Temple’s newest police officer
With the addition of Jake, the Temple Police Department’s bomb detecting capabilities have gone to the dogs.
|Jake, a shiny, black Labrador retriever, and Campus Police Officer Alan Kuterbach became Temple’s newest crime-fighting duo after completing about four months of bomb detection training at the Philadelphia Police Academy. Jake is the University’s first bomb-detecting dog.
|(Photo by Ryan S. Brandenberg / University Photography)
Jake, the Department of Campus Safety Services’ new canine officer, is pretty hard to miss.
He’s a shiny, black Labrador retriever with a confident gait that says “I’m working.” While he won’t bite you if you try to pet him, it’s best not to do that because he may feel threatened and snap at you, says his handler, Temple Police Officer Alan Kuterbach.
But if you see Jake sit down, it might be best to leave the room. You see, Jake is a bomb detecting dog, and when he sits down, he’s telling everyone in the room that an explosive, or something that may be used as part of an explosive, is in the room as well.
“He’s trained to find 17 different types of explosive materials,” Kuterbach said.
Jake and Kuterbach became Temple’s newest crime fighting duo after completing about four months of bomb detection training at the Philadelphia Police Academy, said Captain Denise Wilhelm.
In a world that seems to have a new terrorist threat almost weekly, the decision to have Temple join Penn State, San Francisco State University, the University of Illinois at Champaign-Urbana and Florida International University as a campus with a bomb detection dog seemed a logical one, Wilhelm said.
After talking to other universities that have bomb detection dogs and seeing how they’ve worked out for them, it seemed like a good investment for the University, she said.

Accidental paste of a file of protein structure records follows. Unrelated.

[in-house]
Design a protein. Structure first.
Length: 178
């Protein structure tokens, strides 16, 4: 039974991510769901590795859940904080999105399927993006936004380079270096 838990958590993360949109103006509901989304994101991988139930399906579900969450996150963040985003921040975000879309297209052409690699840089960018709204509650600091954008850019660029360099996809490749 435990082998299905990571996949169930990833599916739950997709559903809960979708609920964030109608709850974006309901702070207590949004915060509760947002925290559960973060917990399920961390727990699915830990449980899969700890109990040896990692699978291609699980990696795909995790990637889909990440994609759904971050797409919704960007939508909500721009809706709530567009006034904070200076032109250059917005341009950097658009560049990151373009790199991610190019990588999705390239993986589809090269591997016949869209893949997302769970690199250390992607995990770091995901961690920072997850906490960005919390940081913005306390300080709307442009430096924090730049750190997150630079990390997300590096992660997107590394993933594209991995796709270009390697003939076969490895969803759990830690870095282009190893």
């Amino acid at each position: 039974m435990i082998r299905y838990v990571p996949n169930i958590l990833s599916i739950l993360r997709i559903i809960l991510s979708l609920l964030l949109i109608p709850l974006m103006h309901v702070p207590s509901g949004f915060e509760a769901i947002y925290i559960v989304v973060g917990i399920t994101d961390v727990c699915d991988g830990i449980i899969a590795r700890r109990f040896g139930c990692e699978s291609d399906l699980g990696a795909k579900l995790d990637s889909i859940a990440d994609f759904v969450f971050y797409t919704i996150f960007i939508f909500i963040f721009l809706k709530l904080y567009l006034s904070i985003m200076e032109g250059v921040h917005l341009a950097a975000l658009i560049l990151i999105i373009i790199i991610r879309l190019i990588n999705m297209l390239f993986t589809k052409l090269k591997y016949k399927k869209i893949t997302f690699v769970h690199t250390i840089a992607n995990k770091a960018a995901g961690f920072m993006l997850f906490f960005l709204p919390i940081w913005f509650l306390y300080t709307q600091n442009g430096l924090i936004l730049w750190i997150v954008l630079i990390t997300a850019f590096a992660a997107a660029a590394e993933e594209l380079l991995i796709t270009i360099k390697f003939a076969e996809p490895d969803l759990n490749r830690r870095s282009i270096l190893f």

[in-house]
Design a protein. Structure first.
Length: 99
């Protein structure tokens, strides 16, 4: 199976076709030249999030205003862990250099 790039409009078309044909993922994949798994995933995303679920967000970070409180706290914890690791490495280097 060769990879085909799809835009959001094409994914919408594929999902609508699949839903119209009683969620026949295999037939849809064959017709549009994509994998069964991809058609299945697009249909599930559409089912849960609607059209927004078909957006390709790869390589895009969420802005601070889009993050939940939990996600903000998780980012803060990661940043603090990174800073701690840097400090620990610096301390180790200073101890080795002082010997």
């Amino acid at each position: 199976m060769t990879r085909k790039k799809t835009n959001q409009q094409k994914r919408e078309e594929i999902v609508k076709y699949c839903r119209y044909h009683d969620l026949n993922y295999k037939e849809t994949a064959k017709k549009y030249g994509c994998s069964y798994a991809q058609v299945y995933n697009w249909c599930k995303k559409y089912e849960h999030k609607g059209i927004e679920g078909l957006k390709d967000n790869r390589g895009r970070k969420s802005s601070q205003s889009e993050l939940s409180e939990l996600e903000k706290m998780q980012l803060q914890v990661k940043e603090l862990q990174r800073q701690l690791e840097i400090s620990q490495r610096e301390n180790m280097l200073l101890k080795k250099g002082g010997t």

“Because we have the Liacouras Center and host so many high profile events, we see [Jake] as a positive tool,” Wilhelm said. “We used to have the Philadelphia Police Department and SEPTA come to the Liacouras Center and do our bomb sweeps for us. Now we can do it.”
When he heard that Temple was getting a bomb-detecting dog, Kuterbach, who’s been a Campus Police officer for almost four years, jumped at the chance to be its handler.
He was interviewed for the position, went through the training, and now, Jake is a part of his family, he said.
Not that it was easy at first, Kuterbach admitted.
“I actually have a yellow lab at home,” he said. “At first, it was a little awkward. They weren’t comfortable with each other. Now, they’re best friends. They wrestle and play together. One dog takes care of my family while the other goes to work with me.”
It took a lot of training for both man and dog to be ready for their duties, Kuterbach said. In addition to Jake’s learning how to detect explosives, Kuterbach had to learn healthcare issues and the dos and don’ts of being a bomb detection dog handler, he said.
Not every dog makes the cut as a bomb detector, Kuterbach said. A dog that’s too aggressive won’t make it as a bomb detecting dog for obvious reasons. While drug detecting dogs and other types of canine officers are taught to tear into packages of drugs to see what’s inside, that kind of behavior from a bomb sniffing dog could prove disastrous, he said.
“If it’s an active bomb, it could go off if it’s licked or bitten,” Kuterbach said. “That’s exactly what you don’t want to happen.”
Jake has already made his mark, Kuterbach said. He’s done bomb sweeps at the Liacouras Center prior to events there and also helped SEPTA police officers with an emergency on one of its trains recently.
Police department officials are watching Jake’s performance before deciding whether or not to invest in another dog, Wilhelm said.
“We’ll see how successful we are with Jake and will go from there,” she said. “So far, it’s been wonderful.”
- Denise Clay